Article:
Catalogue of Singer Sewing-Machines

Cover of 1896 Singer catalogue
Adoption Amount: $550
Category: Preserve for the Future
Location: National Museum of American History Library

Catalogue of Singer sewing-machines illustrating their construction, their variety, and their special uses by manufacturers

By Singer Manufacturing Company. New York: Caulon Press , 1896.

The Singer name is synonymous with sewing machines. In addition to making the first practical use sewing machine for the home in 1851, Isaac Merritt Singer made important design improvements to sewing machines used for clothing, leather, and other industries.

This 1896 catalogue is a valuable source of information on the Singer Manufacturing Company and its industrial sewing machines. The first section describes and provides photographs of the company’s plant in Elizabethport, NJ, located on a 50-acre complex – one of the largest industrial establishments in the world at the time. The Singer factory itself was five stories high, contained 18 acres of floor space, and employed thousands of workers. The department that made machine screws alone employed about 300 men! Women primarily worked in needle manufacture, ornamenting (where the company name and other decorations were applied to the sewing machines), and testing departments. The second section of the catalogue lists the models made at the factory for a wide variety of industries, including glove making, book binding, and carpet sewing. The National Museum of American History Library frequently receives public inquiries about both home use and industrial sewing machines, so books like this are useful in providing answers.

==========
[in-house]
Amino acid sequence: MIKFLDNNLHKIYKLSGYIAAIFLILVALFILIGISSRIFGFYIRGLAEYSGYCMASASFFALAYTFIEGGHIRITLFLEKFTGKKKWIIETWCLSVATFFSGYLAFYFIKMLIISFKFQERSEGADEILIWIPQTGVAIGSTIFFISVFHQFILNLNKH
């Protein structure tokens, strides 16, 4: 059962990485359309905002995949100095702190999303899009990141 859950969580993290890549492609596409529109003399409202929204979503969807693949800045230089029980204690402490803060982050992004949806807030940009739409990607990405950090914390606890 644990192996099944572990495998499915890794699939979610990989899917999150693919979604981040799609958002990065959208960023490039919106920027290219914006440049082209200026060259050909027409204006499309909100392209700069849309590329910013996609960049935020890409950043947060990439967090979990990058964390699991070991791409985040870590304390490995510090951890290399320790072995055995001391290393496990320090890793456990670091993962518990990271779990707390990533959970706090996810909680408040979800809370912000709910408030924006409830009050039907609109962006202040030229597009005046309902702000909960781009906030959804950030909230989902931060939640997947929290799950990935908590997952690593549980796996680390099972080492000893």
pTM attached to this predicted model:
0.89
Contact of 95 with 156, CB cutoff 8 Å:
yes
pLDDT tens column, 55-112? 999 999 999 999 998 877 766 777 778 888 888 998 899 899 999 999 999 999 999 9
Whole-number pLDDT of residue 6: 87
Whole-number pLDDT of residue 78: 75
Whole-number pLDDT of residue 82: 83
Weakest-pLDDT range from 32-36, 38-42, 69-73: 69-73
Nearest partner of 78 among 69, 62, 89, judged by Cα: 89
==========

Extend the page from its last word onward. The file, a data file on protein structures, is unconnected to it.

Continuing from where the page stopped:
Condition and Treatment: 

This volume has a late 19th century cloth binding inset with printed front and back paper covers. The bookcloth is degrading on the edges and spine. There is significant wear to the printed paper covers inset in the bookcloth. The endsheets are brittle and one has a large area of loss. The text is separating from the cover. Conservator will remove the cover and repair the areas of loss. The spine of the textblock will be cleaned and relined with a new hinge material. The degraded and acidic endsheet will be replaced with a sheet retained for historic research. A custom enclosure will be created for this fragile item.

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